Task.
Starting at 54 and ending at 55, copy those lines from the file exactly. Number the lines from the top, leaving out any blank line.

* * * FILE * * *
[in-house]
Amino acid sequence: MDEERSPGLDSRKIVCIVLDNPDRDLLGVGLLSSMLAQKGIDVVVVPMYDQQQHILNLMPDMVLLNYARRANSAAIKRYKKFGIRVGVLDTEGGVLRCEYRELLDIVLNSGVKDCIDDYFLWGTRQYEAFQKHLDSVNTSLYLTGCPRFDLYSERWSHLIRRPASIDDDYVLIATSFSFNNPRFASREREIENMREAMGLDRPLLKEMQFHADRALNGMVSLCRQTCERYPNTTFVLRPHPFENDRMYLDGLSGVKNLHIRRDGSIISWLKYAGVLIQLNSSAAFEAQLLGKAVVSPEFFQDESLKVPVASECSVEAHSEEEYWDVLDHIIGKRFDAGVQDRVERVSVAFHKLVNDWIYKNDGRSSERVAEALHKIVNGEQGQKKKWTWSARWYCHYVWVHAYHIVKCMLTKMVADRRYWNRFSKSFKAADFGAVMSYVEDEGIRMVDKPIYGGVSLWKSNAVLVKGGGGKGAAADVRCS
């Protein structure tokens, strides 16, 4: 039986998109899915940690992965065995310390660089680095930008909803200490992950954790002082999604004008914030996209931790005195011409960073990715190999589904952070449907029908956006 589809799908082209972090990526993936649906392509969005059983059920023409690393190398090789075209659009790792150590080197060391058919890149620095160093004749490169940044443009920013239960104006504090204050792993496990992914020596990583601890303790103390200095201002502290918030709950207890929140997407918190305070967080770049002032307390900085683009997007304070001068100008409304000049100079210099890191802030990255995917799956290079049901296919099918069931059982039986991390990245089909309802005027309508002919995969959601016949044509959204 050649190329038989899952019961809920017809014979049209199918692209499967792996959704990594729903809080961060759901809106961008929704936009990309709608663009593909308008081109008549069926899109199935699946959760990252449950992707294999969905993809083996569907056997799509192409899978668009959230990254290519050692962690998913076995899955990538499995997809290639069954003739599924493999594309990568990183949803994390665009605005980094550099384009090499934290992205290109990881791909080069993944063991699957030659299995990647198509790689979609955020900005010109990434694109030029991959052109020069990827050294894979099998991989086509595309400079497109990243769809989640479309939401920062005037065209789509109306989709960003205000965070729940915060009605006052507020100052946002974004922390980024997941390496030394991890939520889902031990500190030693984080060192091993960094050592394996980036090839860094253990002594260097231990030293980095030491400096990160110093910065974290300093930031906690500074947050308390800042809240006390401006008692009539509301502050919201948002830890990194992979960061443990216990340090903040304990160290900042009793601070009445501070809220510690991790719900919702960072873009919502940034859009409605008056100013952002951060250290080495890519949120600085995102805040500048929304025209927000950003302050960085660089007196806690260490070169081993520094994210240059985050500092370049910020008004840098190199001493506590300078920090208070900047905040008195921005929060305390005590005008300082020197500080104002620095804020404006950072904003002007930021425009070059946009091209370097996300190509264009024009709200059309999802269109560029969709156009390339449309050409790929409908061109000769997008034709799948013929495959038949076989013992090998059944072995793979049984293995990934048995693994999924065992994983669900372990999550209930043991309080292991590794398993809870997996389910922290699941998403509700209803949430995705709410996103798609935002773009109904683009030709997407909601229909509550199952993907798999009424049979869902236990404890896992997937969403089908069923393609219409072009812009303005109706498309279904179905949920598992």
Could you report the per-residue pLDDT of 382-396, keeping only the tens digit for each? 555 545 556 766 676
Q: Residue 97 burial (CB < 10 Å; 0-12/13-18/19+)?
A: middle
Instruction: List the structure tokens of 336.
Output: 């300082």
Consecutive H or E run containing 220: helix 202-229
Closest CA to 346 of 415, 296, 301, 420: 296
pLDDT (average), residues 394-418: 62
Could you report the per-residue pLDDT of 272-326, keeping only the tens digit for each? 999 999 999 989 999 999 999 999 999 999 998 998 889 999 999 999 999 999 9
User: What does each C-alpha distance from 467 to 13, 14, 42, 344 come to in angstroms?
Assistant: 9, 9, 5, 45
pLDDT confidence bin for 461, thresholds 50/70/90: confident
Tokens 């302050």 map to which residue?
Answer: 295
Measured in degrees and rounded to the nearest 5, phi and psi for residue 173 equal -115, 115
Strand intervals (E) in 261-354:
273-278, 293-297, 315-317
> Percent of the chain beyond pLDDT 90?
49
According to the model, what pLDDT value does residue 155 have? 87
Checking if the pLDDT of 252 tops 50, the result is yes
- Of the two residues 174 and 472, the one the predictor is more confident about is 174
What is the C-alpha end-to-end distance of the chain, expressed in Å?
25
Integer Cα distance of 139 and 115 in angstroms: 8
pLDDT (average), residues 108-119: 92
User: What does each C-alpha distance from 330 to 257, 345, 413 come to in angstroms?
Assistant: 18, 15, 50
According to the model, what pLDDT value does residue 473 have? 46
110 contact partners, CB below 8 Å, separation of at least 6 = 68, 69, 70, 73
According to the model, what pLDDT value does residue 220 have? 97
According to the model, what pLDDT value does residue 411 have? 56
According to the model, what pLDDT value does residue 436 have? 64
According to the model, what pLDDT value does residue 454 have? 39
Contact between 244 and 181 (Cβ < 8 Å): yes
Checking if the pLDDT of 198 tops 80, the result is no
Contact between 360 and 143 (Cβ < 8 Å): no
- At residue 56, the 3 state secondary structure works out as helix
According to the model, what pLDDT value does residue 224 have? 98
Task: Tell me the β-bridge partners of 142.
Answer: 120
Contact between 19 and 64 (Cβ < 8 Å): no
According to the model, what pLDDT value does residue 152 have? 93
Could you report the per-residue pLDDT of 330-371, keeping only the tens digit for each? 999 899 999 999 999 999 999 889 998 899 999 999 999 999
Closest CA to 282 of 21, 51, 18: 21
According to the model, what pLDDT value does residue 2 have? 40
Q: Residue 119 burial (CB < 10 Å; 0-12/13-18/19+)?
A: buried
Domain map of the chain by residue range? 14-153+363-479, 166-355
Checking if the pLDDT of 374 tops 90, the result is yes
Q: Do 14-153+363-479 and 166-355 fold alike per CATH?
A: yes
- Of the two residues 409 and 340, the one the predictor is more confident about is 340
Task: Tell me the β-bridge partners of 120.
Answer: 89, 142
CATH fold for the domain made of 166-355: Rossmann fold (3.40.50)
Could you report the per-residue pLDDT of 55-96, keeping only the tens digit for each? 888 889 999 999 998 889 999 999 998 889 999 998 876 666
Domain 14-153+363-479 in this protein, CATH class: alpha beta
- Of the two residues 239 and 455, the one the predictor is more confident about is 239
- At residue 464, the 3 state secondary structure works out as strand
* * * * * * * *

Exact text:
Q: Do 14-153+363-479 and 166-355 fold alike per CATH?
A: yes